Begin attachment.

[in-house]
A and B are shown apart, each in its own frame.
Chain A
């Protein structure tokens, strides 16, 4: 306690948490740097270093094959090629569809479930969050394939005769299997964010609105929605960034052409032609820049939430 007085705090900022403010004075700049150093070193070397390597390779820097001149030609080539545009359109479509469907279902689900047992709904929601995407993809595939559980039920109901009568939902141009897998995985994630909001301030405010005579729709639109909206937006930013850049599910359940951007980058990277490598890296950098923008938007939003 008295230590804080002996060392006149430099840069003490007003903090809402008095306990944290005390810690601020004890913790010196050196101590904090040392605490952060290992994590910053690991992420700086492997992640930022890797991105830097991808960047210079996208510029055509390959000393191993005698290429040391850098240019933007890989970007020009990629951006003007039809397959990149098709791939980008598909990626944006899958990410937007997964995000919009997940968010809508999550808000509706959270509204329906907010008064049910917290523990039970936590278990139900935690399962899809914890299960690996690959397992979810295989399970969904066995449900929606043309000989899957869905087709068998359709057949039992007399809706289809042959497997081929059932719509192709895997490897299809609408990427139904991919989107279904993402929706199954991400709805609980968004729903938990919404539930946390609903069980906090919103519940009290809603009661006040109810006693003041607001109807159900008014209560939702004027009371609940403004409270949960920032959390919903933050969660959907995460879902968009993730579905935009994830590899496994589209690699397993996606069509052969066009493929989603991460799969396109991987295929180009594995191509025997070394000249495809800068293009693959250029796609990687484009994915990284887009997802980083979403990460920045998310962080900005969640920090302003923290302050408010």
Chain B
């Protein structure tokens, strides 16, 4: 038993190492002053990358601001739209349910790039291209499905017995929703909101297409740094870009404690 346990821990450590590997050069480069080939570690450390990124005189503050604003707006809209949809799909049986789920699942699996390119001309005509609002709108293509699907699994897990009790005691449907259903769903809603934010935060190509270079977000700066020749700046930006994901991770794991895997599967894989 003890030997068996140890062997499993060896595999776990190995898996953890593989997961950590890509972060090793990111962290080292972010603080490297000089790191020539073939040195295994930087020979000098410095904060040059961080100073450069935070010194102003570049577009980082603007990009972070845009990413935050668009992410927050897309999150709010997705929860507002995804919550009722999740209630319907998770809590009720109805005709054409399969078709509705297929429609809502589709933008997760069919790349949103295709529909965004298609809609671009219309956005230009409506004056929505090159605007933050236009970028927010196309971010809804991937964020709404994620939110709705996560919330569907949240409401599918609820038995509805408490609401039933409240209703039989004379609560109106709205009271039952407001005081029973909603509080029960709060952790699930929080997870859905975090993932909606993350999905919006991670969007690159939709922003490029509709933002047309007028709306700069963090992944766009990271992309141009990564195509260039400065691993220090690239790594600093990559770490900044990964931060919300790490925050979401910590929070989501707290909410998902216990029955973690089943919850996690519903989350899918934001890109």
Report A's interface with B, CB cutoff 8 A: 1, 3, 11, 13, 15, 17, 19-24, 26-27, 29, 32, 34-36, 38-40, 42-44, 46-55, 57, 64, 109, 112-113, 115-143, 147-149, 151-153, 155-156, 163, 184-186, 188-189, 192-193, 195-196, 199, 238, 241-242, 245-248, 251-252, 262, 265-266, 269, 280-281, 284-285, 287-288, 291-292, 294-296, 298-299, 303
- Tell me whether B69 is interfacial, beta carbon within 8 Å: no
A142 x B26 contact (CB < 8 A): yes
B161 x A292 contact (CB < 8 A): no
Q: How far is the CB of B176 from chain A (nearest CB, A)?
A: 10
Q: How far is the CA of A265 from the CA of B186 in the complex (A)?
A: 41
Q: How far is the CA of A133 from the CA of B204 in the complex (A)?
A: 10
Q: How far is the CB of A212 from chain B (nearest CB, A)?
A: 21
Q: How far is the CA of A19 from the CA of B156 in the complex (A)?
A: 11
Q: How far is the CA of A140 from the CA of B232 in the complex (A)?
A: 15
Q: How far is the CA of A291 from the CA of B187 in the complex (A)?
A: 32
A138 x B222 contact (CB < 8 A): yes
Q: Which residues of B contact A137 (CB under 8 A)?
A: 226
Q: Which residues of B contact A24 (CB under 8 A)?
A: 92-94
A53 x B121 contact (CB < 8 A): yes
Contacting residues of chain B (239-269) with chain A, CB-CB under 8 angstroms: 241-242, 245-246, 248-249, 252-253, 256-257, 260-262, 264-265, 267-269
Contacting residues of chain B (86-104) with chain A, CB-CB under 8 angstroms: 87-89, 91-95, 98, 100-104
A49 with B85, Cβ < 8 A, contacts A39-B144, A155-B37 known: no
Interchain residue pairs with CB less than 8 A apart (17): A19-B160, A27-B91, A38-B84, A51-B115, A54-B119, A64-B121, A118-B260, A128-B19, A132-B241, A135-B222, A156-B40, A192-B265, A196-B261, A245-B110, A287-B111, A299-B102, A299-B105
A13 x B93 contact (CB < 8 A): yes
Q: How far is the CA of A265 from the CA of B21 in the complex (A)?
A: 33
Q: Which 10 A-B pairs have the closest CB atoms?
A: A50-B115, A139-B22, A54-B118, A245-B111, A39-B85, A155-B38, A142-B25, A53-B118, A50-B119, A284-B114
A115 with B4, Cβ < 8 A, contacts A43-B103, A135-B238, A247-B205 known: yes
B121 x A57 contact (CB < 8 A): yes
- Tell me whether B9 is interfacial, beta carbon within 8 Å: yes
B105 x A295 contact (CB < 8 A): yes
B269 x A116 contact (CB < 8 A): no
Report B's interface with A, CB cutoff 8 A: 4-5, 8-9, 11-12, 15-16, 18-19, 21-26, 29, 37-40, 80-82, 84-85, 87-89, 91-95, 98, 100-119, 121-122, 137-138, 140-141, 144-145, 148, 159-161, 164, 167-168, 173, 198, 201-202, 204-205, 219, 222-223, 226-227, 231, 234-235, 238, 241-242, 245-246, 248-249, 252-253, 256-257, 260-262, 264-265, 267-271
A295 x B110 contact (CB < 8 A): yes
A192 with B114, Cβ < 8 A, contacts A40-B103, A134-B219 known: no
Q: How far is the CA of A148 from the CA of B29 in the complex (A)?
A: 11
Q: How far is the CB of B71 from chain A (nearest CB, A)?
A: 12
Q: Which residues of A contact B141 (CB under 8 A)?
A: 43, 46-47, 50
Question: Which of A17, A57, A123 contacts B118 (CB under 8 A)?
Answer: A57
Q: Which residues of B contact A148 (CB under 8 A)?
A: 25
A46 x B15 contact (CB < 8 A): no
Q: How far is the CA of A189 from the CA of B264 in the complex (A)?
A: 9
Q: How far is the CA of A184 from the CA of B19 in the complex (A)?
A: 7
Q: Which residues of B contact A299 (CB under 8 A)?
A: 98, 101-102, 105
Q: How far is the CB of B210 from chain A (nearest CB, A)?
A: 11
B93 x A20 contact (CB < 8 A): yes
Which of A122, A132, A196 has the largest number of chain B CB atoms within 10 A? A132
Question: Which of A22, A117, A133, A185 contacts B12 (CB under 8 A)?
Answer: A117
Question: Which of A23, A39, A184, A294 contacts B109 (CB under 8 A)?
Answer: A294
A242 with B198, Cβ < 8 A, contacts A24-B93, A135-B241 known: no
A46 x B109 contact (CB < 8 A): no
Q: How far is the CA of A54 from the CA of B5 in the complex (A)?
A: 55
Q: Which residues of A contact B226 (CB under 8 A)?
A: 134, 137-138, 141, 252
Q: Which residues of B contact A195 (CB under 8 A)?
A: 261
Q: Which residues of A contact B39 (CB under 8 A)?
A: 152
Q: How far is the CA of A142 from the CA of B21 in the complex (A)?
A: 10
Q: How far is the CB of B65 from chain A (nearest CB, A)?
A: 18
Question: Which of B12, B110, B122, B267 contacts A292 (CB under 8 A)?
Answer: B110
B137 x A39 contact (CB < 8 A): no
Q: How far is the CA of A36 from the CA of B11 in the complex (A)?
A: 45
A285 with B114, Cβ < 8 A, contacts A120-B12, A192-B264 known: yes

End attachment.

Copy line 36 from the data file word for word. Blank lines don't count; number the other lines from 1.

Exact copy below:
Q: How far is the CA of A265 from the CA of B21 in the complex (A)?